Symptoms of C. difficile Colitis
Individuals with mild C. difficile colitis may have:
- a low-grade fever,
- mild diarrhea (5-10 watery stools a day),
- mild abdominal cramps and tenderness.
Those with severe C. difficile colitis may have:
- a high fever (temperature of 102 F to 104 F),
- severe diarrhea (more than 10 watery stools a day) with blood, and
- severe abdominal pain and tenderness.
Severe diarrhea also can lead to dehydration and disturbances in the
electrolytes (minerals) in the body. Rarely, severe colitis can lead to
life-threatening complications such as megacolon (markedly dilated colon),
peritonitis (inflammation of the lining of the abdominal), and perforation of
Quick GuideBacterial Infections 101: Types, Symptoms, and Treatments
Clostridium difficile (C. difficile) facts
- Clostridium difficile colitis is an infection of the colon by the bacterium, Clostridium difficile ( C. difficile ).
- C. difficile causes colitis by producing toxins that damage the lining of the colon.
- The symptoms of C. difficile colitis are fever, diarrhea, and abdominal pain.
- Serious complications of C. difficile colitis include dehydration, rupture of the colon, and spread of infection to the abdominal cavity or body. Severe infection is life-threatening.
- The most common cause of C. difficle colitis is treatment with antibiotics. The antibiotics are believed to suppress normal colonic bacteria that usually keep C. difficile from multiplying and causing colitis.
- Most cases of C. difficile colitis occur in patients in the hospital, but the number of cases that occur among individuals not having been in or recently discharged from the hospital has increased greatly.
- The primary means of diagnosing C.difficile colitis is by testing for the bacterial toxins in samples of stool.
- The treatment of C. difficile colitis is with antibiotics, primarily vancomycin and metronidazole. Up to 10% of patients do not respond to a course of one of the antibiotics and require retreatment, more prolonged treatment or treatment with a different antibiotic. Ten to 20 percent of patients who are successfully treated by their first course of antibiotics have a relapse of the colitis after the antibiotics are stopped.
- Among patients who relapse, additional treatment with antibiotics is less successful than the initial treatment in permanently curing the colitis, and multiple relapses in these patients are common.
- Among the treatments for multiple relapses of C. difficile colitis, a widely studied and effective treatment is transplantation of fecal bacteria from relatives or stool banks.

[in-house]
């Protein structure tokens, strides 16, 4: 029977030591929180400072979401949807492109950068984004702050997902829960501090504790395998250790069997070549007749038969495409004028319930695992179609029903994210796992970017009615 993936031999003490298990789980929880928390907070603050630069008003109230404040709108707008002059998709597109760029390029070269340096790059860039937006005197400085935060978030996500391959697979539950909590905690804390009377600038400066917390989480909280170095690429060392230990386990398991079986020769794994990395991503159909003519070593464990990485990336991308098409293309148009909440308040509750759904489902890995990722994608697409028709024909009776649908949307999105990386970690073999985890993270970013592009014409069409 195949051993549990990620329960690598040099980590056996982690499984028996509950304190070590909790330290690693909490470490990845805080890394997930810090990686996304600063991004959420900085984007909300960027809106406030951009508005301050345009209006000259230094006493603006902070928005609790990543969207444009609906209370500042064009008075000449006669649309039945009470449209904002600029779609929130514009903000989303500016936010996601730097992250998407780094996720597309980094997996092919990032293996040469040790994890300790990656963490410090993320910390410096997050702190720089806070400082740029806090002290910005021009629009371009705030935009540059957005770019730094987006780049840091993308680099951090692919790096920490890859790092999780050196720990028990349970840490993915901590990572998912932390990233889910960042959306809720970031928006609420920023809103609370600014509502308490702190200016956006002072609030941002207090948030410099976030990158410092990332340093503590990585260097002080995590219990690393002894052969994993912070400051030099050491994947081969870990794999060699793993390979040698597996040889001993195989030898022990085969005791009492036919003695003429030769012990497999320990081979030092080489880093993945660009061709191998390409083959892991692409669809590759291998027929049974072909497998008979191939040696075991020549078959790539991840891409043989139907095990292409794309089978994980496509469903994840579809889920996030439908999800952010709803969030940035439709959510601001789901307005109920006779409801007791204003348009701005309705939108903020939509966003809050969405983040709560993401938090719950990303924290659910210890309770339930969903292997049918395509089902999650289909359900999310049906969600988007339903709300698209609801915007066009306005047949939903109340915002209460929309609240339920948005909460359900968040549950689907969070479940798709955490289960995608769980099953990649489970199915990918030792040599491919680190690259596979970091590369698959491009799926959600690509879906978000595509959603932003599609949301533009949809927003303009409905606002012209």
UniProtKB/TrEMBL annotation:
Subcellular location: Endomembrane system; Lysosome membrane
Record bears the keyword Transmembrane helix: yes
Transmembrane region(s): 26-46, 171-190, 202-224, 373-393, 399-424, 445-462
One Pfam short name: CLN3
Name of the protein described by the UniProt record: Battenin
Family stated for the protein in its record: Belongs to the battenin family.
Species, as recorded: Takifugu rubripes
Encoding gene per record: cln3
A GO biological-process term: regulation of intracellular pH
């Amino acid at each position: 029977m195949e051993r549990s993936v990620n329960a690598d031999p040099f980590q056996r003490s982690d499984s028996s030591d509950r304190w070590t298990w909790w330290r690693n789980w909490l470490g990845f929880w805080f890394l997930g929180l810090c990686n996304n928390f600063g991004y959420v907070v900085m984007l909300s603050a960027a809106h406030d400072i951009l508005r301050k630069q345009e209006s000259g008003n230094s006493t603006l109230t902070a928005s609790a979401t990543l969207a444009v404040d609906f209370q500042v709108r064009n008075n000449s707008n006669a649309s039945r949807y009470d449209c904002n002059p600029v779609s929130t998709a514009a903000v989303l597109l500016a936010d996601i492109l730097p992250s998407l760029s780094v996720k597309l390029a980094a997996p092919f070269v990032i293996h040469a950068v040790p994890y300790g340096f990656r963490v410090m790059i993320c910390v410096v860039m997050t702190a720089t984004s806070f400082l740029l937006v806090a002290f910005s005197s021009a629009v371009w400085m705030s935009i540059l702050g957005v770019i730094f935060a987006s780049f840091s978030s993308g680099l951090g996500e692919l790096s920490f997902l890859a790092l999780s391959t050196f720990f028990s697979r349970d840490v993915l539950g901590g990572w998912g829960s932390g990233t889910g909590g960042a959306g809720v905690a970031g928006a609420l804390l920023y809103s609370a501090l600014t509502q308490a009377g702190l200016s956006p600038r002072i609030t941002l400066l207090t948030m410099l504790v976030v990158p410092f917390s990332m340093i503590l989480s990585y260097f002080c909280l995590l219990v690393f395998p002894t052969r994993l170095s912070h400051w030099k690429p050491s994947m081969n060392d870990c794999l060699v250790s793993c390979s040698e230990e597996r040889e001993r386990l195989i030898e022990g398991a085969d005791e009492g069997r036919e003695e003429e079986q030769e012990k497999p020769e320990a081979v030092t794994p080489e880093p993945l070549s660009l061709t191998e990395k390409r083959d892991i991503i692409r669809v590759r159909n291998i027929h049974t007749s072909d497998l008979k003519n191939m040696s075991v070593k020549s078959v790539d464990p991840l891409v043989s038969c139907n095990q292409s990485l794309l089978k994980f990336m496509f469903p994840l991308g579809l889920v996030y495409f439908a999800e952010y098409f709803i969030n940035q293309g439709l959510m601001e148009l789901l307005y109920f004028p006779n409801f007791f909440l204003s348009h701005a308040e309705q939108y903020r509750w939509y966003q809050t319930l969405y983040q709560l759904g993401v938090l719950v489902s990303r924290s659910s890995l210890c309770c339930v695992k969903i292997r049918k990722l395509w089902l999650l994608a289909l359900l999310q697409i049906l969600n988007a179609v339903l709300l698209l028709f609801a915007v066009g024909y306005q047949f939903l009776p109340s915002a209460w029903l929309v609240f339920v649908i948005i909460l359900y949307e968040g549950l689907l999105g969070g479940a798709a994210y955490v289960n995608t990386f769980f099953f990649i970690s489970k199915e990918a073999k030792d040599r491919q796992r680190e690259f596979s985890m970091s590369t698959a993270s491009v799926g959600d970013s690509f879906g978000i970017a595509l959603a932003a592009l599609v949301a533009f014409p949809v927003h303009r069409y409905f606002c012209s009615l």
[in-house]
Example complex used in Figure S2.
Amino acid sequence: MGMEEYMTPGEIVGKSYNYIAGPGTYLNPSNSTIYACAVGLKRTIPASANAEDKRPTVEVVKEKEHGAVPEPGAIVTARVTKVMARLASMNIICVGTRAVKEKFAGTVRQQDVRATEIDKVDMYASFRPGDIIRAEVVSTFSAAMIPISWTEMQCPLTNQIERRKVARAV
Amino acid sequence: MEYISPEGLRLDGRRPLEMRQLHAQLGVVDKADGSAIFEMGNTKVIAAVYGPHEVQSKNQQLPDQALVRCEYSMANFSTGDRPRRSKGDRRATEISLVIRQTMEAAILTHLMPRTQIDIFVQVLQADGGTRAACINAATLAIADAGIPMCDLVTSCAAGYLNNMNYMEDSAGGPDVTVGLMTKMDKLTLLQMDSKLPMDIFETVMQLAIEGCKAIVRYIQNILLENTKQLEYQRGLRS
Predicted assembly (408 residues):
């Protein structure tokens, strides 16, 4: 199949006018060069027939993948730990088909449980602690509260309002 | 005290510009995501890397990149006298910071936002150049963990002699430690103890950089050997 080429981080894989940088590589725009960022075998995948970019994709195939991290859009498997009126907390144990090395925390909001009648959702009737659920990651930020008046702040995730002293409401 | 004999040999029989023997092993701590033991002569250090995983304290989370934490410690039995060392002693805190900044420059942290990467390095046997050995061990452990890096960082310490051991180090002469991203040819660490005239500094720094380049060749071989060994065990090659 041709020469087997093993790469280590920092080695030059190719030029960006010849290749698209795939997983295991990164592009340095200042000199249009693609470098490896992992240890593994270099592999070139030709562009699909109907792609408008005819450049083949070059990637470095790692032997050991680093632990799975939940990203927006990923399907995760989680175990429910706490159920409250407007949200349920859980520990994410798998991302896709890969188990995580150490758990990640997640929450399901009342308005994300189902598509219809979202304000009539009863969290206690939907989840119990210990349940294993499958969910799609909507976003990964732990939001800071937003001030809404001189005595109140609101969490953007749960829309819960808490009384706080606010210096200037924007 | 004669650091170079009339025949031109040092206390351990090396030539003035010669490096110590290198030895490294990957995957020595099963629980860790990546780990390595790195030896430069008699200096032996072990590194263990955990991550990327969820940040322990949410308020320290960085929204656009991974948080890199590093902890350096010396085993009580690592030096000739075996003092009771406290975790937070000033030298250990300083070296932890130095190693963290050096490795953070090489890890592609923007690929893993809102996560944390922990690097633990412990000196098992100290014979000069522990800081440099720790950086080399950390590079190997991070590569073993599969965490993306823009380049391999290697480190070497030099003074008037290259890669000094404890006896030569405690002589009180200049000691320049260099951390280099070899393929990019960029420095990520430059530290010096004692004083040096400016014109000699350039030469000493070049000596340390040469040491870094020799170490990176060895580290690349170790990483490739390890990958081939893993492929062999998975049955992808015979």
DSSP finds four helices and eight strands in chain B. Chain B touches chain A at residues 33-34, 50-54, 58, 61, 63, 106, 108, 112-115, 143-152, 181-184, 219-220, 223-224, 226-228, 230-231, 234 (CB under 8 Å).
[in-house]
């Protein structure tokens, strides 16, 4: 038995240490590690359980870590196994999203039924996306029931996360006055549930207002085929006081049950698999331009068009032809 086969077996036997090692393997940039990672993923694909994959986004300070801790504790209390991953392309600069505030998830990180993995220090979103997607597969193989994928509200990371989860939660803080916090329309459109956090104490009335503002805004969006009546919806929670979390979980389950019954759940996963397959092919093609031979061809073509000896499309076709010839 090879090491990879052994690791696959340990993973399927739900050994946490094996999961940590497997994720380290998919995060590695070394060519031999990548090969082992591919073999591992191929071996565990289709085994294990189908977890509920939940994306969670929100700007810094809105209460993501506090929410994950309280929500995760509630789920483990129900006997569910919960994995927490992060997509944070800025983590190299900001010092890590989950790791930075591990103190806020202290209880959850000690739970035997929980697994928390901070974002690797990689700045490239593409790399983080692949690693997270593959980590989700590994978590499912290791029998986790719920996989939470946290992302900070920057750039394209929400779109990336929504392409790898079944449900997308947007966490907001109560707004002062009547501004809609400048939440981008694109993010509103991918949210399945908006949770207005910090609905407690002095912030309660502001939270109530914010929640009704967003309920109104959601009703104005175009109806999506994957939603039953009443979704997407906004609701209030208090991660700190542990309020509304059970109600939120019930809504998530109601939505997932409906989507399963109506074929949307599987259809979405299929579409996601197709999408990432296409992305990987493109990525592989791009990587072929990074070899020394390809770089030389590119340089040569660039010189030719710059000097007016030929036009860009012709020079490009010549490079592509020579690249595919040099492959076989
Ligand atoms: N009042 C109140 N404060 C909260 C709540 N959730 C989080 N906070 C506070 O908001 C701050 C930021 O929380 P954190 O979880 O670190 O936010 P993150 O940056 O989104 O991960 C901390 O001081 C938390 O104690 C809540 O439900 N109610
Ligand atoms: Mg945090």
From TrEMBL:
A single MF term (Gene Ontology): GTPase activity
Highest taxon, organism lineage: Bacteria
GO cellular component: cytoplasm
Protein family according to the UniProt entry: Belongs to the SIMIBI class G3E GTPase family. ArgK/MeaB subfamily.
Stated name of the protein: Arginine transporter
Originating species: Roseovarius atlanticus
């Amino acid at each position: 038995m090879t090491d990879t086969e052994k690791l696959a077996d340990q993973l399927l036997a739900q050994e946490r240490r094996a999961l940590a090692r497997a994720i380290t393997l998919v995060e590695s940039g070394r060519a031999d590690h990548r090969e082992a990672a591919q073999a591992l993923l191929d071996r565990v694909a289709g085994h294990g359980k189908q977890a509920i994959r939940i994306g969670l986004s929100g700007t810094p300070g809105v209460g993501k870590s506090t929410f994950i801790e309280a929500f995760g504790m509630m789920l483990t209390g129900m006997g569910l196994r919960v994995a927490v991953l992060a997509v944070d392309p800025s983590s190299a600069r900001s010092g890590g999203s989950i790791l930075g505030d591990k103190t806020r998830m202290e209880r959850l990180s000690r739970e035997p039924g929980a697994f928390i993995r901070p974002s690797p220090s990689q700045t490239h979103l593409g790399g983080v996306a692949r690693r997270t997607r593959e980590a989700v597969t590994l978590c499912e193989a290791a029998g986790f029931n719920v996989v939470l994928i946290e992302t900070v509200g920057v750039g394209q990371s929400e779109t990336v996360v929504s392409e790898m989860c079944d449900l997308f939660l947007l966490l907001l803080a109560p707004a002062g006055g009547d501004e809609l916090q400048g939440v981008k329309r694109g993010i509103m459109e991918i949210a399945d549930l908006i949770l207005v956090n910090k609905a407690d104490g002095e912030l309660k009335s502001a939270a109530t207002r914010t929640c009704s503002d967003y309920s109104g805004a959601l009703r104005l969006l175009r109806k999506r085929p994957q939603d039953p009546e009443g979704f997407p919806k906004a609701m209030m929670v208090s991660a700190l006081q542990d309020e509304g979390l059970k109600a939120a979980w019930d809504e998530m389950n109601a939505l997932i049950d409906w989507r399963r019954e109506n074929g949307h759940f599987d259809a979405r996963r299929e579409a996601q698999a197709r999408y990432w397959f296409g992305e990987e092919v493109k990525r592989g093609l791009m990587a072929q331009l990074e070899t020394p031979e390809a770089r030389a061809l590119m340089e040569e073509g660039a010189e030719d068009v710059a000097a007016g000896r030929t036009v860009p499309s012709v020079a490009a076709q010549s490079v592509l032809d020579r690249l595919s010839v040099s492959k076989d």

What is Clostridium difficile (C. difficile?)
Clostridium difficile (C. difficile) is a bacterium that is related to the bacteria that cause tetanus and botulism. The C. difficile bacterium has two forms, an active, infectious form that cannot survive in the environment for prolonged periods, and an inactive, "noninfectious" form, called a spore, that can survive in the environment for prolonged periods. Although spores cannot cause infection directly, when they are ingested they transform into the active, infectious form.
C. difficile spores are found frequently in:
- nursing homes,
- extended care facilities, and
- nurseries for newborn infants.
They can be found on:
- toilet seats,
- rings (jewelry),
- infants' rooms, and
- diaper pails.
They even can be carried by pets. Thus, these environments are a ready source for infection with C. difficile.
What Causes Clostridium difficile colitis?
Antibiotic-associated (C. difficile) colitis is an infection of the colon caused by C. difficile that occurs primarily among individuals who have been using antibiotics. C. difficile infections are commonly acquired during hospital stays, infecting approximately 1% of patients admitted to hospitals in the United States. C. difficile may also be acquired in the community, however.
It is the most common infection acquired by patients while they are in the hospital. More than half a million C. difficile infections occur in hospitals in the US each year, with about 300,000 occurring while in the hospital or shortly after hospitalization. After a stay of only two days in a hospital, 10% of patients will develop infection with C. difficile. C. difficile also may be acquired outside of hospitals in the community. It is estimated that about 200,000 infections with C. difficile occur in the community unrelated to hospitalization each year in the U.S.
Medically Reviewed by a Doctor on 10/11/2016